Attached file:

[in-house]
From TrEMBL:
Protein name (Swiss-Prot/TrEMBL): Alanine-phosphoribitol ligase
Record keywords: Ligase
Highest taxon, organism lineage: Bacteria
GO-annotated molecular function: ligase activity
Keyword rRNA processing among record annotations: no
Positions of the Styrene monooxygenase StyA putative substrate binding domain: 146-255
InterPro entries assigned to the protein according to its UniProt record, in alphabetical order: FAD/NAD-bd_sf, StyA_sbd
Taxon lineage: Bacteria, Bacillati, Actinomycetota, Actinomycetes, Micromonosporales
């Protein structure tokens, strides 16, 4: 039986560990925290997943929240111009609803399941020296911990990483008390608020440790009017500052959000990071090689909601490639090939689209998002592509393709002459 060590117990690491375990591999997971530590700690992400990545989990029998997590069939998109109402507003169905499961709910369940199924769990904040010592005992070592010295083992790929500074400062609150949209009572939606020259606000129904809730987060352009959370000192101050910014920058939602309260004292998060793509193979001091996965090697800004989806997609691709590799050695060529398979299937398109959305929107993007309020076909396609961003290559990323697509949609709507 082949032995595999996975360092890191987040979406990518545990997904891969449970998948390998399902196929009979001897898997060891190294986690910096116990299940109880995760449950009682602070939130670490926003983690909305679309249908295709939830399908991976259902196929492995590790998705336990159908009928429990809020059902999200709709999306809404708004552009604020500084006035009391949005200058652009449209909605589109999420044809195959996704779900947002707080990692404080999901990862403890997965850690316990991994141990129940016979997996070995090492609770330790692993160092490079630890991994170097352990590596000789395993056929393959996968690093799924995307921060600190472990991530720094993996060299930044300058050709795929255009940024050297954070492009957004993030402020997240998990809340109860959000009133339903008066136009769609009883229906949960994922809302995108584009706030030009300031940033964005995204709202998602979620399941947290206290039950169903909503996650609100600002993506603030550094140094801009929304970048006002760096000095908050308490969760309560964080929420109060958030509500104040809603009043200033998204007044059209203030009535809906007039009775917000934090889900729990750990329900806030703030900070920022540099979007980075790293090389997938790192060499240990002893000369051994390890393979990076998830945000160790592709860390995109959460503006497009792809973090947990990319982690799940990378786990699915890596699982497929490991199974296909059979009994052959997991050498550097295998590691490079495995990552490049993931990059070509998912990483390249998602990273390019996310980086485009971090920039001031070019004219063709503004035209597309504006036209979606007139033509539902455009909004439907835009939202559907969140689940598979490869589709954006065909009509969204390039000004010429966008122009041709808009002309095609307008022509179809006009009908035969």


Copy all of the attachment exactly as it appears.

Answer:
[in-house]
From TrEMBL:
Protein name (Swiss-Prot/TrEMBL): Alanine-phosphoribitol ligase
Record keywords: Ligase
Highest taxon, organism lineage: Bacteria
GO-annotated molecular function: ligase activity
Keyword rRNA processing among record annotations: no
Positions of the Styrene monooxygenase StyA putative substrate binding domain: 146-255
InterPro entries assigned to the protein according to its UniProt record, in alphabetical order: FAD/NAD-bd_sf, StyA_sbd
Taxon lineage: Bacteria, Bacillati, Actinomycetota, Actinomycetes, Micromonosporales
């Protein structure tokens, strides 16, 4: 039986560990925290997943929240111009609803399941020296911990990483008390608020440790009017500052959000990071090689909601490639090939689209998002592509393709002459 060590117990690491375990591999997971530590700690992400990545989990029998997590069939998109109402507003169905499961709910369940199924769990904040010592005992070592010295083992790929500074400062609150949209009572939606020259606000129904809730987060352009959370000192101050910014920058939602309260004292998060793509193979001091996965090697800004989806997609691709590799050695060529398979299937398109959305929107993007309020076909396609961003290559990323697509949609709507 082949032995595999996975360092890191987040979406990518545990997904891969449970998948390998399902196929009979001897898997060891190294986690910096116990299940109880995760449950009682602070939130670490926003983690909305679309249908295709939830399908991976259902196929492995590790998705336990159908009928429990809020059902999200709709999306809404708004552009604020500084006035009391949005200058652009449209909605589109999420044809195959996704779900947002707080990692404080999901990862403890997965850690316990991994141990129940016979997996070995090492609770330790692993160092490079630890991994170097352990590596000789395993056929393959996968690093799924995307921060600190472990991530720094993996060299930044300058050709795929255009940024050297954070492009957004993030402020997240998990809340109860959000009133339903008066136009769609009883229906949960994922809302995108584009706030030009300031940033964005995204709202998602979620399941947290206290039950169903909503996650609100600002993506603030550094140094801009929304970048006002760096000095908050308490969760309560964080929420109060958030509500104040809603009043200033998204007044059209203030009535809906007039009775917000934090889900729990750990329900806030703030900070920022540099979007980075790293090389997938790192060499240990002893000369051994390890393979990076998830945000160790592709860390995109959460503006497009792809973090947990990319982690799940990378786990699915890596699982497929490991199974296909059979009994052959997991050498550097295998590691490079495995990552490049993931990059070509998912990483390249998602990273390019996310980086485009971090920039001031070019004219063709503004035209597309504006036209979606007139033509539902455009909004439907835009939202559907969140689940598979490869589709954006065909009509969204390039000004010429966008122009041709808009002309095609307008022509179809006009009908035969």